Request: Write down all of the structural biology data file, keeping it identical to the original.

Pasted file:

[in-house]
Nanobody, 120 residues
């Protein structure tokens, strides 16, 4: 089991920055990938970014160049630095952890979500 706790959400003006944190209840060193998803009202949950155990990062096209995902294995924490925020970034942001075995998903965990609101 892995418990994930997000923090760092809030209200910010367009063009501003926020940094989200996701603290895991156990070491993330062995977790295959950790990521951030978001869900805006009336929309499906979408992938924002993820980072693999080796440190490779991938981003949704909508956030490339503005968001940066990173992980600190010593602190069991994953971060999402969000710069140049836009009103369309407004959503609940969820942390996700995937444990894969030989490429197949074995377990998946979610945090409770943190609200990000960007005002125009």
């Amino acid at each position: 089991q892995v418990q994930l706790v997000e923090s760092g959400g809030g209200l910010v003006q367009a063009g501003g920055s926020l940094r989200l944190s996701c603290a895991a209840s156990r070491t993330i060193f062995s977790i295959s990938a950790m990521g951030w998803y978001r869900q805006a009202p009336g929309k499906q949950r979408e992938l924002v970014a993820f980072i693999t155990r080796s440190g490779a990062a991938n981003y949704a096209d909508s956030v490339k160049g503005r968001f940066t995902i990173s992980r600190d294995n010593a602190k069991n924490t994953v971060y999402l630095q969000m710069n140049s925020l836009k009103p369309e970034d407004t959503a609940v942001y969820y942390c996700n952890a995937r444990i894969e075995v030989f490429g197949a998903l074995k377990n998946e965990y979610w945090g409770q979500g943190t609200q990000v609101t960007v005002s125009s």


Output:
[in-house]
Nanobody, 120 residues
């Protein structure tokens, strides 16, 4: 089991920055990938970014160049630095952890979500 706790959400003006944190209840060193998803009202949950155990990062096209995902294995924490925020970034942001075995998903965990609101 892995418990994930997000923090760092809030209200910010367009063009501003926020940094989200996701603290895991156990070491993330062995977790295959950790990521951030978001869900805006009336929309499906979408992938924002993820980072693999080796440190490779991938981003949704909508956030490339503005968001940066990173992980600190010593602190069991994953971060999402969000710069140049836009009103369309407004959503609940969820942390996700995937444990894969030989490429197949074995377990998946979610945090409770943190609200990000960007005002125009």
């Amino acid at each position: 089991q892995v418990q994930l706790v997000e923090s760092g959400g809030g209200l910010v003006q367009a063009g501003g920055s926020l940094r989200l944190s996701c603290a895991a209840s156990r070491t993330i060193f062995s977790i295959s990938a950790m990521g951030w998803y978001r869900q805006a009202p009336g929309k499906q949950r979408e992938l924002v970014a993820f980072i693999t155990r080796s440190g490779a990062a991938n981003y949704a096209d909508s956030v490339k160049g503005r968001f940066t995902i990173s992980r600190d294995n010593a602190k069991n924490t994953v971060y999402l630095q969000m710069n140049s925020l836009k009103p369309e970034d407004t959503a609940v942001y969820y942390c996700n952890a995937r444990i894969e075995v030989f490429g197949a998903l074995k377990n998946e965990y979610w945090g409770q979500g943190t609200q990000v609101t960007v005002s125009s």